Diabetes: What’s Insulin Resistance Got To Do with It?
Invisible changes in the body begin long before a person is diagnosed with type 2 diabetes. That's both bad news (no symptoms mean you won't know you have it) and good news (you can prevent or delay it if you're at risk). One of the most important unseen changes? Insulin resistance.
Insulin in a Nutshell
Insulin is a key player in developing type 2 diabetes. This vital hormone—you can't survive without it—regulates blood sugar (glucose) in the body, a very complicated process. Here are the high points:
- The food you eat is broken down into glucose.
- Glucose enters your bloodstream, which signals the pancreas to release insulin.
- Insulin helps glucose enter the body's cells so it can be used for energy.
- Insulin also signals the liver to store glucose for later use.
- Glucose enters cells, and glucose levels in the bloodstream decrease, signaling insulin to decrease too.
- Lower insulin levels alert the liver to release stored glucose so energy is always available, even if you haven't eaten for a while.
That's when everything works smoothly. But this finely tuned system can quickly get out of whack, as follows:
- A lot of glucose enters the bloodstream.
- The pancreas pumps out more insulin to get glucose into cells.
- Over time, cells stop responding to all that insulin—they've become insulin resistant.
- The pancreas keeps making more insulin to try to make cells respond.
- Eventually, the pancreas can't keep up, and glucose keeps rising.
Lots of glucose in the bloodstream is very damaging to the body and needs to be moved into cells as soon as possible. There's lots of insulin, too, telling the liver and muscles to store glucose. When they're full, the liver sends the excess glucose to fat cells to be stored as body fat. Yep, weight gain. And what's more serious, the stage is set for type 2 diabetes.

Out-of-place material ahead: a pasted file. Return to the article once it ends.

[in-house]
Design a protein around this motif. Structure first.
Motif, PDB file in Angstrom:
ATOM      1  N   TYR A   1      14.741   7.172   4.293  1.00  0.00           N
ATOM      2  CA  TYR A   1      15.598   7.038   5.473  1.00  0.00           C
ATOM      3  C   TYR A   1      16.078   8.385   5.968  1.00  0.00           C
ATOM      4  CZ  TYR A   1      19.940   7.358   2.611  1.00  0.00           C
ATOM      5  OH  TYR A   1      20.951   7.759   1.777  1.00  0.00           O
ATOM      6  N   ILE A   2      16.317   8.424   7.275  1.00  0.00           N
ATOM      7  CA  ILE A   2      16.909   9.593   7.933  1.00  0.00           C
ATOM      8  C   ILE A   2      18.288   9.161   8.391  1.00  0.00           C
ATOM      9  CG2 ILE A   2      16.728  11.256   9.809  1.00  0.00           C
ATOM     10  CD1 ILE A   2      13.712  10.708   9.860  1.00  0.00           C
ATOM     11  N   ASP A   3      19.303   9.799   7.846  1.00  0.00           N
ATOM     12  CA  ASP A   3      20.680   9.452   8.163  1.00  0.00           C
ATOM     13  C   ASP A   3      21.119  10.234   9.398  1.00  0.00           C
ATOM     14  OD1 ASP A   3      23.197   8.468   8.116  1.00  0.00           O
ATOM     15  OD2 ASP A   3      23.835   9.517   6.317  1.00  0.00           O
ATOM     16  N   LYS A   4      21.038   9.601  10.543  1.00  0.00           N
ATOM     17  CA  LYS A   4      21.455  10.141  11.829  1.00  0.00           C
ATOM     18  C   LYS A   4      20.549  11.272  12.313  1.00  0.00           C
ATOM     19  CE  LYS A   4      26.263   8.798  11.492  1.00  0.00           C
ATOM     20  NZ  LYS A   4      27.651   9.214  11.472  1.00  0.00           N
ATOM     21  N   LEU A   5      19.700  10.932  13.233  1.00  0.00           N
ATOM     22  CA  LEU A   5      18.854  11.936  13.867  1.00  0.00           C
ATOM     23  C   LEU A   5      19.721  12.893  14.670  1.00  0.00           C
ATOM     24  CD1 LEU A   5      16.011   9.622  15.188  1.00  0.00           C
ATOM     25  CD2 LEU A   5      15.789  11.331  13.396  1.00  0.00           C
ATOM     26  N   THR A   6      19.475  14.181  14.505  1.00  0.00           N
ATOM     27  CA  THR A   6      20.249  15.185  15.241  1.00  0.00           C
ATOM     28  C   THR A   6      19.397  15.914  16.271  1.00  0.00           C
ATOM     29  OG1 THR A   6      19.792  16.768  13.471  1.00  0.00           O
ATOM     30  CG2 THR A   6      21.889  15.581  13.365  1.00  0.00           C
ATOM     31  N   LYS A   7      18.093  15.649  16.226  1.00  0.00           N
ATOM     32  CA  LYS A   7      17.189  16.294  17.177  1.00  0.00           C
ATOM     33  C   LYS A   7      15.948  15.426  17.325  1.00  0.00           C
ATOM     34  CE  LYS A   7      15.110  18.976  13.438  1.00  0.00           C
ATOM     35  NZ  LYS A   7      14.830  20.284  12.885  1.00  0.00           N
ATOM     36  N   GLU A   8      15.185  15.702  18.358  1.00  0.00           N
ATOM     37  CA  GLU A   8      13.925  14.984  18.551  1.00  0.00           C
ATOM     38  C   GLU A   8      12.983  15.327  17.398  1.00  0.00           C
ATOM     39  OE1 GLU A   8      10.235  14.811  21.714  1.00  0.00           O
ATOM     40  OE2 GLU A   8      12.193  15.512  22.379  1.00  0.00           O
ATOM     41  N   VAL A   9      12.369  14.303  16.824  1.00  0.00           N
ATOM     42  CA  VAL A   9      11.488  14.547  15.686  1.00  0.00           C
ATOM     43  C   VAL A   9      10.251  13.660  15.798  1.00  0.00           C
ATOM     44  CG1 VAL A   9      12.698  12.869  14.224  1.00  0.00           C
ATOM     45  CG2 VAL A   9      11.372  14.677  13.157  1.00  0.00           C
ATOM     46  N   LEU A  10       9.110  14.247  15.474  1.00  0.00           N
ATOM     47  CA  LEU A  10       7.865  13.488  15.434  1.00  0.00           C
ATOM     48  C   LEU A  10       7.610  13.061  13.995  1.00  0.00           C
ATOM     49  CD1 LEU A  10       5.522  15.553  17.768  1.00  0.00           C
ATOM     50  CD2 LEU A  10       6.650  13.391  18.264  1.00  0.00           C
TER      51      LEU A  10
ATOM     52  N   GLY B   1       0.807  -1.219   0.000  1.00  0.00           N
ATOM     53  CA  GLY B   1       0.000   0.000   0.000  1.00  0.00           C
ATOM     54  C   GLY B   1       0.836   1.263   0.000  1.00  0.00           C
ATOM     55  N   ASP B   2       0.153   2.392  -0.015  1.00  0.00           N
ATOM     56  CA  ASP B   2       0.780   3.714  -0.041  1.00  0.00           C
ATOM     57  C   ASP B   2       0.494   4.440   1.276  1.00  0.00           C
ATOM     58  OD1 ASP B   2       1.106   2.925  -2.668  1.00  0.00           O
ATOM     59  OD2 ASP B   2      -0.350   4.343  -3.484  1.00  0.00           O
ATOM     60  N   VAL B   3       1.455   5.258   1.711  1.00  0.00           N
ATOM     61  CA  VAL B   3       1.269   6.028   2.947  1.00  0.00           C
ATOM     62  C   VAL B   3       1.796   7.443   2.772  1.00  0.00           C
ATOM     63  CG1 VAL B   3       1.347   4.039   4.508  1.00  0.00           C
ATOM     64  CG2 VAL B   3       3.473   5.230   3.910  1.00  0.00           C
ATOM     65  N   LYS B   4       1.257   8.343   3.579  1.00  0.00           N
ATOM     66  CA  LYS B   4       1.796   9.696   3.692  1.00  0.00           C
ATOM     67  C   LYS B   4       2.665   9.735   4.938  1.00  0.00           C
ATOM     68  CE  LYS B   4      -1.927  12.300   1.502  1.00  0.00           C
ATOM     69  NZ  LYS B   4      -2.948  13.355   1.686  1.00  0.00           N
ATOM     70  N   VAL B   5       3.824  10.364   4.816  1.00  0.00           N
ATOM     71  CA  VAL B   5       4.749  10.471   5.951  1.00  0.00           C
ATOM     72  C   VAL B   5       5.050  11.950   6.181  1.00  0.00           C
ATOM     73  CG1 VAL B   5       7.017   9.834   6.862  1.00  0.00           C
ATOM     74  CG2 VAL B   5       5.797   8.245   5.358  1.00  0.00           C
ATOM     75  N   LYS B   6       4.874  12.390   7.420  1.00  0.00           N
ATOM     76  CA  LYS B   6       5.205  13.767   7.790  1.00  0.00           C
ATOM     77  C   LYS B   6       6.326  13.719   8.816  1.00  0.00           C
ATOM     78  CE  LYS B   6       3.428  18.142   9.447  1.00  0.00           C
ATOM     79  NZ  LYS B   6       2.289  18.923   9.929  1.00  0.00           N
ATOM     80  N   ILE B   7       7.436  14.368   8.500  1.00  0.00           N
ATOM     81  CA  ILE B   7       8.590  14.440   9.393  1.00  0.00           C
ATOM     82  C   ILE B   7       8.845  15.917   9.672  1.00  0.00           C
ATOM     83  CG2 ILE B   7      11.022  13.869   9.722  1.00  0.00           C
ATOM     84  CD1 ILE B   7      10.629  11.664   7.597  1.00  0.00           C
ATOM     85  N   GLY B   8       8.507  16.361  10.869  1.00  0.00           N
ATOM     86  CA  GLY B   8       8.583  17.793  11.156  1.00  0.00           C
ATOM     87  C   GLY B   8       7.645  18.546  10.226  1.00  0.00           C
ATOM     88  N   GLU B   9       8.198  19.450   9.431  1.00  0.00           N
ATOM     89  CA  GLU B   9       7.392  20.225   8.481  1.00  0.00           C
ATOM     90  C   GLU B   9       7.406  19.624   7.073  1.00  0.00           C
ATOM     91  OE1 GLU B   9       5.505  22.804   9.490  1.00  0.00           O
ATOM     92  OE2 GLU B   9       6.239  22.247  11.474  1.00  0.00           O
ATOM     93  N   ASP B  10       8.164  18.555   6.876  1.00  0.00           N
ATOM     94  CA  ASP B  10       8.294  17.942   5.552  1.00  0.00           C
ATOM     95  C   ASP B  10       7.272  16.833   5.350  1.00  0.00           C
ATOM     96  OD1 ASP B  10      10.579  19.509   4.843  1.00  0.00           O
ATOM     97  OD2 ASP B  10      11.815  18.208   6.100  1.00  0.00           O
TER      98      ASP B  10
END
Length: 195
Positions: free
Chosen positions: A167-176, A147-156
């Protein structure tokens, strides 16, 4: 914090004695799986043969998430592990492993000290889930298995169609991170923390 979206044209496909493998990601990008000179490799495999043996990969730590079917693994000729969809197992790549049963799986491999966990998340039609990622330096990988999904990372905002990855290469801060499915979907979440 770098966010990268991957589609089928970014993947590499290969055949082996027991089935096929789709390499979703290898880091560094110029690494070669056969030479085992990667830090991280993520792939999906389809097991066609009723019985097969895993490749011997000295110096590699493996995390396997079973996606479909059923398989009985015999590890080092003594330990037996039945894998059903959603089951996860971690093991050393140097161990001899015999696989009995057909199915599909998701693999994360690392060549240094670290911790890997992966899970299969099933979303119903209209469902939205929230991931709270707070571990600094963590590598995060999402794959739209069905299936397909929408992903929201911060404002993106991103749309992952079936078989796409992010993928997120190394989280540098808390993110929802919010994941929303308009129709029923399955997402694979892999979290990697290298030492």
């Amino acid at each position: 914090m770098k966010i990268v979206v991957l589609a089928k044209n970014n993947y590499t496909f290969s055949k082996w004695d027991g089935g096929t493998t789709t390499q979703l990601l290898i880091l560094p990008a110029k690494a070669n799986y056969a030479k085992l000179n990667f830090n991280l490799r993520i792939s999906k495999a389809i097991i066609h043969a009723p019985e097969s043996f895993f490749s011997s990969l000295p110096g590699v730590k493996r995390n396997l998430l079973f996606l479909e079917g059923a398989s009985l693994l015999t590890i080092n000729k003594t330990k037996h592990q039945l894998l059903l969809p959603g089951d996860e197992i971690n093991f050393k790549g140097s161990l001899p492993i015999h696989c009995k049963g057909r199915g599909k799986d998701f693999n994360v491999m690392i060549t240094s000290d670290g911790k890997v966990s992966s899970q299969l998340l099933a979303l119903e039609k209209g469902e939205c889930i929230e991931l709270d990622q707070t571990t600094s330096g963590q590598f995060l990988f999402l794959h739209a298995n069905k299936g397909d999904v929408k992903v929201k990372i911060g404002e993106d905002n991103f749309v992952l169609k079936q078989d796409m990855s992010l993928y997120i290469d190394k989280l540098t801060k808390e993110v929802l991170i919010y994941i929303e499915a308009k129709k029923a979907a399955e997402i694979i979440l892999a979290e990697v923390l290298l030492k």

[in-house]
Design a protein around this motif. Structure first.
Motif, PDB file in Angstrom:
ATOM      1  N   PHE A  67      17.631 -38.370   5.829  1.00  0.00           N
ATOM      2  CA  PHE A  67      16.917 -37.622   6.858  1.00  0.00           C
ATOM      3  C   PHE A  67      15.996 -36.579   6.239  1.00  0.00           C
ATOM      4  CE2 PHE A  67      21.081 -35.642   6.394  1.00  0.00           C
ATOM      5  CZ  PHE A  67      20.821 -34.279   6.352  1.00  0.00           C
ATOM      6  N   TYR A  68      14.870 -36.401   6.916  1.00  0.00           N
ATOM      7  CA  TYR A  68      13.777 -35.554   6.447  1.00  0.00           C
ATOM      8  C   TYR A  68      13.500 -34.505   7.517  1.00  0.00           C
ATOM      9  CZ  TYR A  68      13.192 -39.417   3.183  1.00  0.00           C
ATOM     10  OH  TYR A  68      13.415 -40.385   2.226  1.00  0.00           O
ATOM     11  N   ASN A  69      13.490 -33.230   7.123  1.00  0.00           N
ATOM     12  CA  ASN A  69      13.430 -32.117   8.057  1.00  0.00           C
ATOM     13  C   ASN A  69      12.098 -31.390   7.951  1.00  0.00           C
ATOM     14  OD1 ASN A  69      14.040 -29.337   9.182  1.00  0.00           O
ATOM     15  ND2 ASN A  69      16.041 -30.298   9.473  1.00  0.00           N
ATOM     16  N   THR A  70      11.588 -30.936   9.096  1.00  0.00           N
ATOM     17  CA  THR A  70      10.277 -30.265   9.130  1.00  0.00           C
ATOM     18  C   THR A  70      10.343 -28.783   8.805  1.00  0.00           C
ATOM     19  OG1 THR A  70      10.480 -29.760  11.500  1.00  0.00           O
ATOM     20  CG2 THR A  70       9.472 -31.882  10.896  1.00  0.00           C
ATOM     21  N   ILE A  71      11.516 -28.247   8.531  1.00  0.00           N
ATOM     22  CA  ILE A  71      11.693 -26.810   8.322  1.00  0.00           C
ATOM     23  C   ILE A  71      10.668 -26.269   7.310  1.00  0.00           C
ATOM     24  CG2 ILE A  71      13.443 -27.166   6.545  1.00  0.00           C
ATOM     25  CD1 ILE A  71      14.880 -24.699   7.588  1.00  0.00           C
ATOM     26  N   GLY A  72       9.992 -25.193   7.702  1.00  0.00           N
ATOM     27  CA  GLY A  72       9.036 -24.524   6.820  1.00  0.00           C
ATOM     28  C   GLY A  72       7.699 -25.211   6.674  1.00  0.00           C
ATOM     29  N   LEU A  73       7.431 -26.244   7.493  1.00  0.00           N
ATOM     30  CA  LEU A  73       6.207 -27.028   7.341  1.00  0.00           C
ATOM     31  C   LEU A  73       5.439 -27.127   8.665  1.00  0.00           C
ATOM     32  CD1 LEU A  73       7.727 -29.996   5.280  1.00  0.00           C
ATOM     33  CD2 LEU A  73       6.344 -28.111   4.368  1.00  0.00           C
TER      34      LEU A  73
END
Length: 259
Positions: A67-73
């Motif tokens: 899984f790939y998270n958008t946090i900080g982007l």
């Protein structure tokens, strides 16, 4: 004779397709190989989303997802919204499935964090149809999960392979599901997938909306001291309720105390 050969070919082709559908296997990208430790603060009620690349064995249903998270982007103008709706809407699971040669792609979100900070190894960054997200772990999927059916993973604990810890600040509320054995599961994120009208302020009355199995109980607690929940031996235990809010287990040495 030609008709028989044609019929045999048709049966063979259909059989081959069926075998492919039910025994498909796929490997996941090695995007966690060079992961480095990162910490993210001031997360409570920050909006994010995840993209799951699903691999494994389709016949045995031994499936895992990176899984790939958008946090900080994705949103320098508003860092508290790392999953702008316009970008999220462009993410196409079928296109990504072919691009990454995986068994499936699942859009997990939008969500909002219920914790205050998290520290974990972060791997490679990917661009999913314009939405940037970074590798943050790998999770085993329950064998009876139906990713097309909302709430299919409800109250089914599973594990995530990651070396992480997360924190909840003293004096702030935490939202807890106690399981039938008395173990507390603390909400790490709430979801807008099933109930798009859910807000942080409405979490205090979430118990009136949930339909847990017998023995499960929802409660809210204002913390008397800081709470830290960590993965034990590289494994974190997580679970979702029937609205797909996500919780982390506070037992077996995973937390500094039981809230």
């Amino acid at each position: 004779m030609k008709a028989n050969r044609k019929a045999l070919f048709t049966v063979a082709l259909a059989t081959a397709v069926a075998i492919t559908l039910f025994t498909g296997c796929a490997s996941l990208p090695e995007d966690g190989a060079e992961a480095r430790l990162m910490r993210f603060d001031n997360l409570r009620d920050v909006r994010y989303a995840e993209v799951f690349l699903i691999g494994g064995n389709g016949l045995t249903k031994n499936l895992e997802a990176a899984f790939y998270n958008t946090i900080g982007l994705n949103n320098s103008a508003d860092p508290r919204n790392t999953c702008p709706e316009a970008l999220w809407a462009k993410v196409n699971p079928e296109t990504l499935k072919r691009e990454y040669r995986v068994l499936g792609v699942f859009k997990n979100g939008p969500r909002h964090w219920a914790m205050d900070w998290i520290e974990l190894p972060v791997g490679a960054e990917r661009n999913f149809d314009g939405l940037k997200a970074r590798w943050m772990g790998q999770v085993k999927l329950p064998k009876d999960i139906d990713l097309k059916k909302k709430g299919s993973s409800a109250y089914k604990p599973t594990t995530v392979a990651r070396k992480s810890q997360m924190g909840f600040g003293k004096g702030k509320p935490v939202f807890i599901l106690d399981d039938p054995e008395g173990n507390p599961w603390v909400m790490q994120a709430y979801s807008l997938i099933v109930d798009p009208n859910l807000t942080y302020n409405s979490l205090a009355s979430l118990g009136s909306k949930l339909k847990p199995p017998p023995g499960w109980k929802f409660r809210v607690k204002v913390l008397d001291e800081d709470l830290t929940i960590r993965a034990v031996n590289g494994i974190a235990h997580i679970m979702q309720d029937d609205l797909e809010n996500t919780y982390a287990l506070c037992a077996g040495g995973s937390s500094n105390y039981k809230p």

How do you find out if you're insulin resistant? No one test will tell you, but if you have high glucose levels, high triglycerides (a kind of blood fat), high LDL ("bad") cholesterol, and low HDL ("good") cholesterol, your health care provider may determine you have insulin resistance.
Important note: Type 1 diabetes is different; it's caused by an autoimmune reaction (the body attacks itself by mistake). People with type 1 diabetes don't make enough insulin and need to take it to survive.
It isn't clear exactly what causes insulin resistance, but a family history of type 2 diabetes, being overweight (especially around the waist), and being inactive all can raise the risk.
You do not have to be overweight to have insulin resistance. You can't tell if someone has insulin resistance by looking at them.
What You Can Do
If you have insulin resistance, you want to become the opposite—more insulin sensitive (cells are more effective at absorbing blood glucose so less insulin is needed).
Physical activity makes you more sensitive to insulin, one reason why it's a cornerstone of diabetes management (and good health in general!). Don't wait until you're diagnosed with diabetes to start moving more. The earlier you take action (literally), the better off you'll be.
Weight loss is important too, as is avoiding high blood sugar, reducing stress, and getting enough sleep (physical activity can help you get more zzz's too).
These lifestyle changes really work. Talk with your health care provider about how to get started.
Find Out More
CDC's Division of Diabetes Translation
Prediabetes and Insulin Resistance
What is Prediabetes and are You at Risk?
Preventing Diabetes Tips Sheets
Diabetes Features & Spotlights
CDC Diabetes on Facebook
@CDCDiabetes on Twitter
- Page last reviewed: October 11, 2016
- Page last updated: October 11, 2016
- Content source:
- Maintained By:
- National Center for Chronic Disease Prevention and Health Promotion, Division of Diabetes Translation